The district court held that issue preclusion barred CHKRS from raising its current reading of the lease provision. Dublin alternatively argues that substantive takings law bars CHKRS's arguments. Neither contention deprives CHKRS of Article III standing.


From well before our country's founding, judicial tribunals have recognized the need for doctrines like claim preclusion (or “res judicata”) and issue preclusion (or “collateral estoppel”) to protect the finality of their judgments and prevent parties from relitigating the same disagreement in perpetuity. See San Remo Hotel, L.P. v. City & County of San Francisco, 545 U.S. 323, 336–37, 125 S.Ct. 2491, 162 L.Ed.2d 315 (2005). When a case implicates one of these doctrines, the full-faith-and-credit statute tells us to follow the preclusion rules adopted by the courts that adjudicated the prior proceedings. Id. at 336, 125 S.Ct. 2491; 28 U.S.C. § 1738. We thus must look to Ohio preclusion law in this case.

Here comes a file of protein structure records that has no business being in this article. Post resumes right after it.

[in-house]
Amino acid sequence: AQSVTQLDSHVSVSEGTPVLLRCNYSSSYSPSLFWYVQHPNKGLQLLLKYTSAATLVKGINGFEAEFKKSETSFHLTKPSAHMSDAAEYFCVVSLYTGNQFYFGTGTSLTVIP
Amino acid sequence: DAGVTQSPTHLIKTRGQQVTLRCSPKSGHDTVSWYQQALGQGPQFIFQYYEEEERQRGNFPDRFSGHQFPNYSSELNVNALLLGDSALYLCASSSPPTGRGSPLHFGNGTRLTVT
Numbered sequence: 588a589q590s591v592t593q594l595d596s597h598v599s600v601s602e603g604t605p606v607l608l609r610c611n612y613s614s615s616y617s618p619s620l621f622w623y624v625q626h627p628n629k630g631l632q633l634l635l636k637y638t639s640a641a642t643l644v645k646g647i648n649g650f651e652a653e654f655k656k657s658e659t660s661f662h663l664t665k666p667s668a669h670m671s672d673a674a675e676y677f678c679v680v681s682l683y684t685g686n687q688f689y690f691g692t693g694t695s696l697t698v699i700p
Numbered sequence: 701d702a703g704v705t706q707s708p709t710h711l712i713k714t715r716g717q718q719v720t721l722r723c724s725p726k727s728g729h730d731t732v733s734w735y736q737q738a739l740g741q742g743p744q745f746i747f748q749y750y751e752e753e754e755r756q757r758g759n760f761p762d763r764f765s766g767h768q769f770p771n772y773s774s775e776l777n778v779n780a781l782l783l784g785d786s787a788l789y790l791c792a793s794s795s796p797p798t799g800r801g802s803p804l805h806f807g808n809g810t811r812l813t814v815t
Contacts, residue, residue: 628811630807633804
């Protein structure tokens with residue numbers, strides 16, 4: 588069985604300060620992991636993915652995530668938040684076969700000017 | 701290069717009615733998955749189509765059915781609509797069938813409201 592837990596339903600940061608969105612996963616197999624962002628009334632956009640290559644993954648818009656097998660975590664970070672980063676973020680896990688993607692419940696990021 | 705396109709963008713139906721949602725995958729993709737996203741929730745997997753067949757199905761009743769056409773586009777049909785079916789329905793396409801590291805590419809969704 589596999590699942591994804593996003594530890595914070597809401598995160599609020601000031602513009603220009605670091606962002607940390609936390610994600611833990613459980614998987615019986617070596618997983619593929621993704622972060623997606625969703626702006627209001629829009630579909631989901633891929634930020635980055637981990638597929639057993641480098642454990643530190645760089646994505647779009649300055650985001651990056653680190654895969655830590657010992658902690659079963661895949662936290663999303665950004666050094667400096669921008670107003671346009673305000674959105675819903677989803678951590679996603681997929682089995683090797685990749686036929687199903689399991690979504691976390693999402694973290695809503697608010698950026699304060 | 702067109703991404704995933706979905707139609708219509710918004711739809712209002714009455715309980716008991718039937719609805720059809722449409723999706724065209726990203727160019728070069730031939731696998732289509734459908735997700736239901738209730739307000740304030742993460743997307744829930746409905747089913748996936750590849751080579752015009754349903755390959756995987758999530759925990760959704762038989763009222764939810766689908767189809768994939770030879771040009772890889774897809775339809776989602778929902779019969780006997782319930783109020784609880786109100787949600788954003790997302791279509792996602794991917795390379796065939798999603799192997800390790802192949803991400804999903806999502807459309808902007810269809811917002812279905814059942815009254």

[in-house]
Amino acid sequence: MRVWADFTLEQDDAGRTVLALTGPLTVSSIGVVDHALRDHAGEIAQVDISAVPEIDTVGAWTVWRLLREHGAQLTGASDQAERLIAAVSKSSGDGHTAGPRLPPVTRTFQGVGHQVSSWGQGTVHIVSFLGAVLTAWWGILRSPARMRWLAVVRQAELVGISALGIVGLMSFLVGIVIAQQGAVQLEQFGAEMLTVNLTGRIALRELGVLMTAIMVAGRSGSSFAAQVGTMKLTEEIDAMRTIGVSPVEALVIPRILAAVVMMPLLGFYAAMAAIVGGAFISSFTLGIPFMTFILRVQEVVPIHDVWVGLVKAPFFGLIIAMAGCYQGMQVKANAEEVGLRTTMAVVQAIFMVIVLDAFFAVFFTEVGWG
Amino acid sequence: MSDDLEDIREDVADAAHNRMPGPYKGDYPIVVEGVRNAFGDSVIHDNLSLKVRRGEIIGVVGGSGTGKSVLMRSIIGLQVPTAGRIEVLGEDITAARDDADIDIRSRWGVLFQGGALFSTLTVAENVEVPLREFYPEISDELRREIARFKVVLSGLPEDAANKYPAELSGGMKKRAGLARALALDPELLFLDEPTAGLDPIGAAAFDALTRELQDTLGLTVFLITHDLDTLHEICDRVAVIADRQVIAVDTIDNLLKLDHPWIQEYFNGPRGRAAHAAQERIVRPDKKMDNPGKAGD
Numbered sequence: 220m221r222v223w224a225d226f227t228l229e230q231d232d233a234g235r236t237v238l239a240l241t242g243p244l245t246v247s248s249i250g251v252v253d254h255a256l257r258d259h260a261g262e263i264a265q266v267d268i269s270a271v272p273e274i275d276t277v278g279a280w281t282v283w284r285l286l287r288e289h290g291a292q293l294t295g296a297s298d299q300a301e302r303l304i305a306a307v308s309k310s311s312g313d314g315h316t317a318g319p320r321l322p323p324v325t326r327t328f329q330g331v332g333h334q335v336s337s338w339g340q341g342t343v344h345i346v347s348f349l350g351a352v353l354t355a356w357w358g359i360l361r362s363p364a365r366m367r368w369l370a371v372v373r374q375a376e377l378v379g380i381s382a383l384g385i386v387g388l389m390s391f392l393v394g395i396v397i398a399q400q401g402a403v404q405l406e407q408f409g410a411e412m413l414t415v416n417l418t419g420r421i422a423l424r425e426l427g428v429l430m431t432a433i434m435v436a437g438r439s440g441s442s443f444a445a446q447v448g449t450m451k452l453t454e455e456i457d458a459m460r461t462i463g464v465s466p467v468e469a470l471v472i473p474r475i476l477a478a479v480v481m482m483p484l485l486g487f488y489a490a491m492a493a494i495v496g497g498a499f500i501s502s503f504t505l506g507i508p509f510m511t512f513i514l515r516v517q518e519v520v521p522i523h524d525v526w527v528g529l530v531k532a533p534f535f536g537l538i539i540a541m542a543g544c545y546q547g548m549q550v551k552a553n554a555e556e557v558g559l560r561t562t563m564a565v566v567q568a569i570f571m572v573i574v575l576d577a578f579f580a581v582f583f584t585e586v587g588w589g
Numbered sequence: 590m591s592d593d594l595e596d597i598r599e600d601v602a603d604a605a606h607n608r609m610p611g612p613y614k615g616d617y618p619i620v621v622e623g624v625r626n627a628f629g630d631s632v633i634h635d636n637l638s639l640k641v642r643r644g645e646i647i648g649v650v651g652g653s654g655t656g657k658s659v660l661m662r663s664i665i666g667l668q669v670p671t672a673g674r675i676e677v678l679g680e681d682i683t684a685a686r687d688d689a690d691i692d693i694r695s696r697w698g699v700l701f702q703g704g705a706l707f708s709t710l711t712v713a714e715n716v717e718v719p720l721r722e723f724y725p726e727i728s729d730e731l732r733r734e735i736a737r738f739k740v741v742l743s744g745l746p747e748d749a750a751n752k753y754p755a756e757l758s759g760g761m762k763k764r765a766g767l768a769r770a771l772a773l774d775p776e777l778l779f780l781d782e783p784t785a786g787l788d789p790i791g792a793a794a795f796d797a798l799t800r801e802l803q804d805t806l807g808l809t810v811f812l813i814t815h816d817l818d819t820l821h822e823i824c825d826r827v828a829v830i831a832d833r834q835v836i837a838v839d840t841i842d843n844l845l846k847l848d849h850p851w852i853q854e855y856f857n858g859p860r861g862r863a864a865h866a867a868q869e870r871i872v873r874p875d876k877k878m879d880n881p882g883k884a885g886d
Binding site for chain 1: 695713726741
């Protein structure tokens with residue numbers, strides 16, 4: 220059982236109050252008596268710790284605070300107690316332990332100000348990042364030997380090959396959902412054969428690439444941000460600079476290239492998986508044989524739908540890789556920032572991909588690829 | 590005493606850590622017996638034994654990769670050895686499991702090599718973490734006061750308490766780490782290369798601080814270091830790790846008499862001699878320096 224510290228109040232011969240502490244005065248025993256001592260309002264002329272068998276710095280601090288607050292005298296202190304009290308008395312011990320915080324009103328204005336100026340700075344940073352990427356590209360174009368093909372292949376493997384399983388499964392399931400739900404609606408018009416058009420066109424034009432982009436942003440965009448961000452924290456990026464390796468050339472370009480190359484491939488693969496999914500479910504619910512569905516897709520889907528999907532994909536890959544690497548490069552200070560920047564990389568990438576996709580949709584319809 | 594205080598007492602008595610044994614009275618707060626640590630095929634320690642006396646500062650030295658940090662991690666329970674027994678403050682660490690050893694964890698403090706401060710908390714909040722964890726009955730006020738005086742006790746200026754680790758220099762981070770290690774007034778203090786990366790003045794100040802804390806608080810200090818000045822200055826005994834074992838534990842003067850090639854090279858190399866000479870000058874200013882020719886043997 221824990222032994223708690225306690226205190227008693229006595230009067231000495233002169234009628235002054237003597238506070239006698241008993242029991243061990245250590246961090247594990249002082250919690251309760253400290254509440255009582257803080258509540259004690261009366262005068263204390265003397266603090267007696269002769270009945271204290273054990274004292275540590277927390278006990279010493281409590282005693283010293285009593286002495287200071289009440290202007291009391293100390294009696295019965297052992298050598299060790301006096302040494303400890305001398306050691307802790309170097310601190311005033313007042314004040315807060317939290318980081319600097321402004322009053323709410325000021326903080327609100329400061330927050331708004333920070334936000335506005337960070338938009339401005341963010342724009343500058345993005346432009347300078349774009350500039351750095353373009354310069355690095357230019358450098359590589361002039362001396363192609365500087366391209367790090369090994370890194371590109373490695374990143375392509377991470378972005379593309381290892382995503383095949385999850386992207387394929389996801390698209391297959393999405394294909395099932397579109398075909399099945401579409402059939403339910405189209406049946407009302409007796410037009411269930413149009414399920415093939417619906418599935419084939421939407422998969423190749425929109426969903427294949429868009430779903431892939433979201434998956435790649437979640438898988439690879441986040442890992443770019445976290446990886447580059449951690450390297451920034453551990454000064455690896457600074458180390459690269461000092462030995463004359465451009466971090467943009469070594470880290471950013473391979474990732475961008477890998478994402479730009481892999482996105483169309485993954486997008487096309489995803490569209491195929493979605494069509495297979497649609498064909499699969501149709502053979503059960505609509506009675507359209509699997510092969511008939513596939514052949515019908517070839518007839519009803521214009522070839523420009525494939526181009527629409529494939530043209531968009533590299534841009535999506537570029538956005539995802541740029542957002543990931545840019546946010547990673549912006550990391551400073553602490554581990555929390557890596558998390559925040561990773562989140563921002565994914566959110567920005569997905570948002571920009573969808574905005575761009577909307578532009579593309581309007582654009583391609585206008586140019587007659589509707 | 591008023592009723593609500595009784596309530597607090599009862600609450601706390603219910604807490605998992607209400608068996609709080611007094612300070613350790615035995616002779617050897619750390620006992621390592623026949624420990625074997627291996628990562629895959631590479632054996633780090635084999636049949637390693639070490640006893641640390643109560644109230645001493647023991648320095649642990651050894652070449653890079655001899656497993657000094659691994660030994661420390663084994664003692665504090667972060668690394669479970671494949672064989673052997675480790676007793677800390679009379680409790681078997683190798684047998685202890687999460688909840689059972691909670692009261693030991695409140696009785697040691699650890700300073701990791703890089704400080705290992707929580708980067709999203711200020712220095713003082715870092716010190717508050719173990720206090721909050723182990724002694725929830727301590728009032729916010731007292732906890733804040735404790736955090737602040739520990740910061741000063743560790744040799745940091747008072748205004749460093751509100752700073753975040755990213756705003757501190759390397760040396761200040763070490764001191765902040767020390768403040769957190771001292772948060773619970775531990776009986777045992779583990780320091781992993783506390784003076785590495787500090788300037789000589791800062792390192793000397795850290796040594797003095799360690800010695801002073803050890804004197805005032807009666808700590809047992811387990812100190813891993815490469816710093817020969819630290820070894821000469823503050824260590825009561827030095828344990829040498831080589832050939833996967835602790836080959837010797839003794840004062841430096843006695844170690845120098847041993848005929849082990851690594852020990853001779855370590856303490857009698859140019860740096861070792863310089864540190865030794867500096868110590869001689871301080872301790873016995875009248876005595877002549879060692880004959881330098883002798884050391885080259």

The Ohio Supreme Court has adopted both claim and issue preclusion. See Brooks v. Kelly, 144 Ohio St.3d 322, 43 N.E.3d 385, 386 (2015) (per curiam). Under Ohio claim-preclusion law, “a valid, final judgment rendered upon the merits bars all subsequent actions based upon any claim arising out of the transaction or occurrence that was the subject matter of the previous action.” Grava v. Parkman Township, 73 Ohio St.3d 379, 653 N.E.2d 226, 229 (1995). This doctrine turns on whether the “claim” (or factual occurrence) that was previously litigated is the same “claim” that a party asserts now. CHKRS says that the factual “claim” in the prior suit involved only the taking of a permanent bike-path easement and a temporary construction easement. And it alleges that Dublin's later actions in removing the replacement driveway and adding another one did not fall within the scope of this prior “claim.” See CHKRS, 2020 WL 1331926, at *3 n.1. The validity of this allegation need not detain us now because Dublin has not raised any claim-preclusion defense at this stage.